People might always love their food, but the once-robust food section in newspapers is not immune to the cutbacks impacting the industry as a whole.
"We're losing space in food sections across the country," notes Jill Silva, food editor for the Kansas City Star and president of the Association of Food Journalists. "The concern is a lot of [newspaper food sections] are not going to be standalone sections moving forward."
To combat that trend, newspaper food editors are trying to migrate more readers online, as well as broadening their appeal to men, who are not considered the traditional target demographic for food sections, Silva adds.
"Traditionally, we've had more women readers. But as the roles in homes have changed and more men enjoy cooking, we're seeing that transition," she says.
Although newspaper food sections face plenty of competition from TV and national publications, they distinguish themselves with their local focus, says Samara Mormar, VP at Hunter PR.
"The newspaper food [section] remains an amazing resource for [its] readers in terms of having [its] finger on the pulse of the appetites and trends within that market," she says. "That means, when you're pitching, you have to make sure it is available in that market."
Established packaged food products aren't new to shelves. So food section editors and reporters keep an eye on dining trends, adding to evergreen themes like eating healthy or stretching a grocery budget in light of rising food prices, says Stacey Bender, president of The Bender-Hammerling Group, adding that professionals should look to pitch seasonal angles and convenient meals.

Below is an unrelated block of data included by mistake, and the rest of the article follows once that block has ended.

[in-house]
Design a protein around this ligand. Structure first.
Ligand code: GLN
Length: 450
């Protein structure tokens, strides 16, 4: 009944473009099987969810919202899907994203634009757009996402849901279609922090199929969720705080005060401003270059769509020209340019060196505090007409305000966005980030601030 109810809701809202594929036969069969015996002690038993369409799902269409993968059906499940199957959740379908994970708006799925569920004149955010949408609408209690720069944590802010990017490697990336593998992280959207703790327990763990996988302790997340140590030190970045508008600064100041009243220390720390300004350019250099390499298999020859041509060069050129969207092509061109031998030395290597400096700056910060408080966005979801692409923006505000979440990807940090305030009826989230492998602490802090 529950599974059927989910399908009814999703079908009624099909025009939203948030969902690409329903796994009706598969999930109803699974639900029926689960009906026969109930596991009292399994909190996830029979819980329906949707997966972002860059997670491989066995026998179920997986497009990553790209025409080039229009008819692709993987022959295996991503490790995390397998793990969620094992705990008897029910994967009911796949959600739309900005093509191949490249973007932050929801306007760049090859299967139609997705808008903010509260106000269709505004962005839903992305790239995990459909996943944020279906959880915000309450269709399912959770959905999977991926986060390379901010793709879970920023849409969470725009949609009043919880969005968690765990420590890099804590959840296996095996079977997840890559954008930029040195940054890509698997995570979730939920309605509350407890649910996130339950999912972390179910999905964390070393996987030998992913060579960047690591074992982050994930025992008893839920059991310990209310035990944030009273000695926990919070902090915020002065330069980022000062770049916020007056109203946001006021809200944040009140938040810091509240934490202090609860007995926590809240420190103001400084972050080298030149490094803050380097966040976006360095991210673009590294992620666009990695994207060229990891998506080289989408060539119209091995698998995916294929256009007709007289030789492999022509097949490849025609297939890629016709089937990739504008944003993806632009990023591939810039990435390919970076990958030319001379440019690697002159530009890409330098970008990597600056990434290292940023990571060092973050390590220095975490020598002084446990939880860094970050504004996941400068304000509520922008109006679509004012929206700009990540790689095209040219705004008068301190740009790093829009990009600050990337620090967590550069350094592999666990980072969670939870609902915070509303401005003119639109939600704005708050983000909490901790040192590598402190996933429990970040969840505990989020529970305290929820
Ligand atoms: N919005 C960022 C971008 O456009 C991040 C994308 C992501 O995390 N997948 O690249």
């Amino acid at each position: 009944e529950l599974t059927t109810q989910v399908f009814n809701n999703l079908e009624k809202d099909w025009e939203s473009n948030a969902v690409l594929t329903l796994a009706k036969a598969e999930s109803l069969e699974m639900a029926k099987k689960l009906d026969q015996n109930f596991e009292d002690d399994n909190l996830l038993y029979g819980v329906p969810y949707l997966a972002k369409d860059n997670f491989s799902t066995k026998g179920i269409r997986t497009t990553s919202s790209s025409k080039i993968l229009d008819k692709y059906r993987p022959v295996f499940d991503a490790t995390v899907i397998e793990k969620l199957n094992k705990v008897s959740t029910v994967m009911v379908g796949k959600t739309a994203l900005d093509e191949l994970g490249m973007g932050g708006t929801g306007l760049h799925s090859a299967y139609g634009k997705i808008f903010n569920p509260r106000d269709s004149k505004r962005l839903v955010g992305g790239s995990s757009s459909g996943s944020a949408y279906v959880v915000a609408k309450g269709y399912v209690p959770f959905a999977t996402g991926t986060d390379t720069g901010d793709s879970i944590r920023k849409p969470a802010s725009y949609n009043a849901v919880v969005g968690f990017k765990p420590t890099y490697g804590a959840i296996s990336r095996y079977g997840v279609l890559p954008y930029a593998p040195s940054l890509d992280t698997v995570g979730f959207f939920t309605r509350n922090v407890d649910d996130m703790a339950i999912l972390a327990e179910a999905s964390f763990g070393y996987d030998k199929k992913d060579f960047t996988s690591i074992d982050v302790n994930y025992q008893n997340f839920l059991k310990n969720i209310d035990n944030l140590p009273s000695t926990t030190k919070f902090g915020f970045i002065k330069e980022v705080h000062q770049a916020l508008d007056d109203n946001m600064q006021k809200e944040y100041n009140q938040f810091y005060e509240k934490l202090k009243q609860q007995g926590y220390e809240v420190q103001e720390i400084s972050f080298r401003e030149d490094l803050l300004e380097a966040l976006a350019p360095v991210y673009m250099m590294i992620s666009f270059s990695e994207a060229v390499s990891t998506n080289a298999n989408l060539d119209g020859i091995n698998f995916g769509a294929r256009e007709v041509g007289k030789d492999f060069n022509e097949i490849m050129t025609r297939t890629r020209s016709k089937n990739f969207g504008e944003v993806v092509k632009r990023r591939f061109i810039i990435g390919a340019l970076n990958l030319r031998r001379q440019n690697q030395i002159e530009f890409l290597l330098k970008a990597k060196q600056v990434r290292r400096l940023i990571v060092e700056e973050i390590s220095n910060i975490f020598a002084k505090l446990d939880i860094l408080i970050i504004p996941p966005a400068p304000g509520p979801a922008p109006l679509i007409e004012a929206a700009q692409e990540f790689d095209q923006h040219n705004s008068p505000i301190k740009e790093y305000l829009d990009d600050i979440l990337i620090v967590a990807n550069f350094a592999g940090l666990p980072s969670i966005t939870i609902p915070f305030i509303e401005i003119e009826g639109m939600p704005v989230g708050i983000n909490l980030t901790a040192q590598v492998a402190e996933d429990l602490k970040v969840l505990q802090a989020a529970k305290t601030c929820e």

"One trend you're seeing more in newspapers is recipes using foods that are already in your pantry and can be quickly combined with fresh vegetables into a healthy 30-minute meal," she says.
But with decreasing space, food editors get more selective. "I see a lot of products with recipes and photography and think, 'That was a lot of effort, but we're never going to use that,'" Silva says. "We get most of our recipes from books or we develop them on our own or get them from a trusted source."
Sampling is another PR strategy for packaged foods, but Silva suggests that might not work with editors who have strict guidelines on what they can and can't receive for free.
Food sections can vary dramatically from market to market, but Mormar says it's a myth that top-tier newspapers gravitate toward high-end fare.
"I've seen The New York Times do full-page stories on the best hot dogs," she says. "For true foodies, there's a love for both the high and the low, and what these editors are most interested in is quality."
What distinguishes newspaper food sections from food-centric magazines, Web sites, and TV shows are local angles, so make sure your pitch is tailored for that market
Rather than look for a local celebrity chef, one tactic worth trying is getting area farmers involved in fresh- and healthy-eating stories
There's a growing nutritional focus within many newspaper food sections, so highlight the health benefits in your pitch, especially for products aimed at children